War of the Rebellion: Serial 026 Page 0509 Chapter XXX. CORRESPONDENCE, ETC.- UNION.

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Sergeant Garrett, with a squad of men, went to Street's Ferry and exchanged thirty or forty shots across the river with some of the enemy posted there. He also burned a picket station on this side of the river but destroyed no boats. Meanwhile I thoroughly scoured the country on the right of the railroad, from Core Creek to Batchelder's, finding none of the enemy or any sign of their being encamped. Having accomplished the order, and having no forage to last over night, I marched (after feeding at the bridge) my command to their respective camps, where they are at 5 p. m. this day in excellent condition. I believe from what I can learn there are less than 500 of the enemy holding the country at and beyond Core Creek. Found the roads beyond Batchelder's Creek very good, but this side very bad indeed.

Respectfully,

GEO. W. COLE,

Major, Third New York Volunteer Cavalry.

NEW BERNE, January 9, [1863.]

Colonel S. H. MIX,

Commanding Third New York Volunteer Cavalry:

COLONEL: I have the honor to report, in obedience to orders, in regard to the alarm at the brick-yard picket camp near railroad bridge, in charge of Captain Doane, Forty-third Massachusetts Regiment, on the night of January 7:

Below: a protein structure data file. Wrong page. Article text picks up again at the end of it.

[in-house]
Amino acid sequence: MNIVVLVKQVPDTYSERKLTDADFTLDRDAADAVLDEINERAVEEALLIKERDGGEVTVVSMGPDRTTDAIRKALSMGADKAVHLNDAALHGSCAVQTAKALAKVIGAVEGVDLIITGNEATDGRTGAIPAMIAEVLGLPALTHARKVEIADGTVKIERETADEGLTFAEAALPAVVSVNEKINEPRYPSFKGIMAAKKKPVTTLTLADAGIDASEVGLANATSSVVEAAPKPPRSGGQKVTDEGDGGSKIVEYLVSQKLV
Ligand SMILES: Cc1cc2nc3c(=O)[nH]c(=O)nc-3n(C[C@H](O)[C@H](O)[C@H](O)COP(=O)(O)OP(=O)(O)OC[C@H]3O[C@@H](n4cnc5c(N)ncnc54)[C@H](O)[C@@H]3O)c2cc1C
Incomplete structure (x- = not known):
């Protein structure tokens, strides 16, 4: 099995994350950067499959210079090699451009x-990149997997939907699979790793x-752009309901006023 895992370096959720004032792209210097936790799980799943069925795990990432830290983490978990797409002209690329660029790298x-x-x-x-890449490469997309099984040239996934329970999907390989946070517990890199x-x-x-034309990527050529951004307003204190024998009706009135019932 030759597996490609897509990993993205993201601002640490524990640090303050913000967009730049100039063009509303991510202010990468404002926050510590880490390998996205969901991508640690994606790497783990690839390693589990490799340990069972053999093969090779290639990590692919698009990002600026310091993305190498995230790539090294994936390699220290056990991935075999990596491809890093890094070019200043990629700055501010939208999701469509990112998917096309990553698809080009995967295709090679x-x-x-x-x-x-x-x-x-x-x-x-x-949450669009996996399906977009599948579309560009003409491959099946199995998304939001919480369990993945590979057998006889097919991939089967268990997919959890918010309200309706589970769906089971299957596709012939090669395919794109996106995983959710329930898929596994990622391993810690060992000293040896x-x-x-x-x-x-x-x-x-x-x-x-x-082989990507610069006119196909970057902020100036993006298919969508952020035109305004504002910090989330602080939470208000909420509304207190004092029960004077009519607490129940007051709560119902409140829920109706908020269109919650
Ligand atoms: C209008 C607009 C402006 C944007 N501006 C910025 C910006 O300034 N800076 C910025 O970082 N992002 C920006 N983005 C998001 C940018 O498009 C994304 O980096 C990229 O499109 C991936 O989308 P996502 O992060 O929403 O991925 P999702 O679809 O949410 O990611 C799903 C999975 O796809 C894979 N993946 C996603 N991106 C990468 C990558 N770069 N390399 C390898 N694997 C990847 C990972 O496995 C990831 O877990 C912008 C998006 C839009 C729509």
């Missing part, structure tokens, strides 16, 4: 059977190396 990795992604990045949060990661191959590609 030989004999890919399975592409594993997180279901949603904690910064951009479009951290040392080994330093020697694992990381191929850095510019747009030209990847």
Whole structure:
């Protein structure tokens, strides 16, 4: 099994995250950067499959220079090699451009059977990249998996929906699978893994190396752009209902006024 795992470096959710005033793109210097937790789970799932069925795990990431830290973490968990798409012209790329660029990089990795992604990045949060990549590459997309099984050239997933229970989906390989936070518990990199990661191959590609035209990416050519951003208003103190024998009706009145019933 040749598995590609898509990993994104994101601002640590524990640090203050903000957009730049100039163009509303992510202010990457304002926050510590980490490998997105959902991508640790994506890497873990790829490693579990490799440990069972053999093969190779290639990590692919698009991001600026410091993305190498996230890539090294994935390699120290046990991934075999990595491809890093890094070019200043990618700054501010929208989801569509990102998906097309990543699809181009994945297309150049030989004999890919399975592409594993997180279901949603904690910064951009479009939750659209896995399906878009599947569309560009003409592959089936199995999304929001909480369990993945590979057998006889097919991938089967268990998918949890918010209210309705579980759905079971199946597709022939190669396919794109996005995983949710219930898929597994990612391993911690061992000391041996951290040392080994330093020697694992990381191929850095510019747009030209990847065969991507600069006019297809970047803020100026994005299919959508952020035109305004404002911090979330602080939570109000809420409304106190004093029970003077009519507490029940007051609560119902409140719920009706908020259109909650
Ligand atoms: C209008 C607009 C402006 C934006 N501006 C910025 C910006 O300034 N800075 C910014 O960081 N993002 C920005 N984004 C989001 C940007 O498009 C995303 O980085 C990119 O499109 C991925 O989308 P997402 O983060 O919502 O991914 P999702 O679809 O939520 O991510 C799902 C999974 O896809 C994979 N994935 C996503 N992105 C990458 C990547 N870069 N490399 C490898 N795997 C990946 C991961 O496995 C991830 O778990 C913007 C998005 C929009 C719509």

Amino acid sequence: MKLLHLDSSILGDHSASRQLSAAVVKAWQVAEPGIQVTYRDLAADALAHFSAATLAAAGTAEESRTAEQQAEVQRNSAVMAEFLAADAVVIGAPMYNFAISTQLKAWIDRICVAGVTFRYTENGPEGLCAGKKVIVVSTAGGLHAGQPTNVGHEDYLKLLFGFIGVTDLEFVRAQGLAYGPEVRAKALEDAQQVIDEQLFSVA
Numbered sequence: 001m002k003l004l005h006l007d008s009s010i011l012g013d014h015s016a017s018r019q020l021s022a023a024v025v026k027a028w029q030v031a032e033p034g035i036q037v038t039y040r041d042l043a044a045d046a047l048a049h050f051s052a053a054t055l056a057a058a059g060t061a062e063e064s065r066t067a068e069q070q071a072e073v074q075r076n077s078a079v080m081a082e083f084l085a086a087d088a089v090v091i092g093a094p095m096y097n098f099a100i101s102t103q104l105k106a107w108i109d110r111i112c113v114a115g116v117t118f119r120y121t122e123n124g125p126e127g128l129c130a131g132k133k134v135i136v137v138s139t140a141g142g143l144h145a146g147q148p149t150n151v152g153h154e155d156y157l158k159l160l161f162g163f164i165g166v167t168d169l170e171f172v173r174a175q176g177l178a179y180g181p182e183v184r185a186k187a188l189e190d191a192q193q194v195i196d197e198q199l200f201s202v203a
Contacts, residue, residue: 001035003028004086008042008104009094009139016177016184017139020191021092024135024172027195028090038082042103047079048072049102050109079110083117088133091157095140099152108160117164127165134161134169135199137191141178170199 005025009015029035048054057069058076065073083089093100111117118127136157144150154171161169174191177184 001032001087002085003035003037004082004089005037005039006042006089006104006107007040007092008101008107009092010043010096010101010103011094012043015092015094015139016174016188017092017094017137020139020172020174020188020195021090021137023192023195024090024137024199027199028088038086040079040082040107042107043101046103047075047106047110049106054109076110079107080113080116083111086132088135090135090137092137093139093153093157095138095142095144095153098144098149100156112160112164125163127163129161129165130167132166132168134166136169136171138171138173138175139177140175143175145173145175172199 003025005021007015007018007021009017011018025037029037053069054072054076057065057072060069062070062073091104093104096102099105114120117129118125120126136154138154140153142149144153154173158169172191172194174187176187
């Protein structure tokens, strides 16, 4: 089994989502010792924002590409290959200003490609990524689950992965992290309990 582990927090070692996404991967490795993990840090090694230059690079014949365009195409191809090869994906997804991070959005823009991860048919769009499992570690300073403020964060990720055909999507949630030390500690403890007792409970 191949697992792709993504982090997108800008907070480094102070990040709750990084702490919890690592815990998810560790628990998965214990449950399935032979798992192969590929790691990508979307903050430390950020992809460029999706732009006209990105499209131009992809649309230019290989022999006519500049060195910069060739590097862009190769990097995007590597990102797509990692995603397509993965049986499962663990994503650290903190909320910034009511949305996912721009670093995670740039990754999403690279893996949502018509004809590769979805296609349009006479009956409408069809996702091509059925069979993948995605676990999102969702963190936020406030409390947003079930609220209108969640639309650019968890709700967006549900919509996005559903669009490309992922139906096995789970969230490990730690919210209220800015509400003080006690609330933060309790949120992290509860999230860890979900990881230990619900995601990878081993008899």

I was with my command at the railroad bridge, and at about 10 o'clock several muskets were fired at the station of Captain Doane, and messengers sent to find the cause stated, through Captain Whytal, commanding post, that Captain Doane "had seen the enemy" - saw bayonets glisten; they were coming out in the open field - and that Captain Doane requested the cavalry sent down, &c. Having been consulted by Captain Whytal in regard to firing the monitor, I thought it not worth while, but he, knowing the parties, must judge. Presently I heard her four shots; one shell exploded. I then sent Lieutenant Sheldon, Company K, Third New York Cavalry, and Captain Pond, Company M, to make personal examination, and they reported "mo sign of an enemy," as I supposed at first from the character of the firing; about thirty or forty shots in all. All was hen quiet.

Respectfully,

GEO. W. COLE,

Major, Third New York Volunteer Cavalry.

FORT MONROE, VA., January 10, 1863.

Major General H. W. HALLECK,

General-in-Chief:

I have sent the following to General Peck at Suffolk:

I have reliable information from Richmond that 10,000 infantry, 600 cavalry, and two batteries of artillery, with from 150 to 200 wagons left Richmond on Tuesday las, crossing the James River. The wagons would indicate that they were not going far south. It will be well to set inquiries on foot in the direction of the Blackwater, and warn Colonel Spear of the possibility of his being assailed by a superior force.

JOHN A. DIX,

Major-General, Commanding.